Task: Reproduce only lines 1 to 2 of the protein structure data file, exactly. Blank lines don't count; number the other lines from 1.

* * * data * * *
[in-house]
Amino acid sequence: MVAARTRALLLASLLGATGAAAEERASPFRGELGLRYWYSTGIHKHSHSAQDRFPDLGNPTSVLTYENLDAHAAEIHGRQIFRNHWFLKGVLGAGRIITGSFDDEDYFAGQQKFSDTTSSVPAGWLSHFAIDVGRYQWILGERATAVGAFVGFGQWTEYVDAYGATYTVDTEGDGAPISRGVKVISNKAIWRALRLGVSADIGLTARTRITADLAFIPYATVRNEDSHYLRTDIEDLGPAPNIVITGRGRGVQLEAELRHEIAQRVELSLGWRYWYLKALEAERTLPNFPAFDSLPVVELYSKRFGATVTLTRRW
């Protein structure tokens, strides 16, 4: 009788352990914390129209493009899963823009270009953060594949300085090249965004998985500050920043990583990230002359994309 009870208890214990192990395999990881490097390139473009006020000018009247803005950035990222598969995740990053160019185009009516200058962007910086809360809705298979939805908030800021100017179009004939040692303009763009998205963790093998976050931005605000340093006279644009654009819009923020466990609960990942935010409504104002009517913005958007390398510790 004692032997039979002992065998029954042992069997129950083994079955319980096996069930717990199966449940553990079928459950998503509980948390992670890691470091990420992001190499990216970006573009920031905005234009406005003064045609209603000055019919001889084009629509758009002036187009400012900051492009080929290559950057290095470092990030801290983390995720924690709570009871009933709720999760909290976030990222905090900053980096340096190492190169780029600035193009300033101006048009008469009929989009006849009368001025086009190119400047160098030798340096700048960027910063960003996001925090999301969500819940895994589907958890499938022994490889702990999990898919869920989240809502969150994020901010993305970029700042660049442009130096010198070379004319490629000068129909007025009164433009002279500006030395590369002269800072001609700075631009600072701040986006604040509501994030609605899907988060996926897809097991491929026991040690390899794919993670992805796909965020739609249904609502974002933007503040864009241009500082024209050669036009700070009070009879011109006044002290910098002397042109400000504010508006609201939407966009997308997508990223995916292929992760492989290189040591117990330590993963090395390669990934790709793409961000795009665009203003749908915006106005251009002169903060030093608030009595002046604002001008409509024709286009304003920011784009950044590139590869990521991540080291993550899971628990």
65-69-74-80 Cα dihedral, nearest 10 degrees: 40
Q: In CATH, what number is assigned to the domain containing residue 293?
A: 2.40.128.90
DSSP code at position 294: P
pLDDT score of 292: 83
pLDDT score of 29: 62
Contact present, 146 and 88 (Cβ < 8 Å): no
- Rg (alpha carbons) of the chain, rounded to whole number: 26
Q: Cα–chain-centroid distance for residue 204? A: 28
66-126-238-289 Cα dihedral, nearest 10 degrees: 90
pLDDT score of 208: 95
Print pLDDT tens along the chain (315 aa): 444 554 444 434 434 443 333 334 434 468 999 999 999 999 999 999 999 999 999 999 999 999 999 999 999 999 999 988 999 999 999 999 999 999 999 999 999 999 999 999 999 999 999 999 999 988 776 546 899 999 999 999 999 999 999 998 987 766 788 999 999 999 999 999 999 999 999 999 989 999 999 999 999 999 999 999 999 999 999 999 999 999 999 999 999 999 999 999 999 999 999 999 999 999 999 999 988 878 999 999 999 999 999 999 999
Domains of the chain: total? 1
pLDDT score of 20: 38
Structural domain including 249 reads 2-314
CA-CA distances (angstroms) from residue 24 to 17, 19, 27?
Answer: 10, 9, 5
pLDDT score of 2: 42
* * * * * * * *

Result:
[in-house]
Amino acid sequence: MVAARTRALLLASLLGATGAAAEERASPFRGELGLRYWYSTGIHKHSHSAQDRFPDLGNPTSVLTYENLDAHAAEIHGRQIFRNHWFLKGVLGAGRIITGSFDDEDYFAGQQKFSDTTSSVPAGWLSHFAIDVGRYQWILGERATAVGAFVGFGQWTEYVDAYGATYTVDTEGDGAPISRGVKVISNKAIWRALRLGVSADIGLTARTRITADLAFIPYATVRNEDSHYLRTDIEDLGPAPNIVITGRGRGVQLEAELRHEIAQRVELSLGWRYWYLKALEAERTLPNFPAFDSLPVVELYSKRFGATVTLTRRW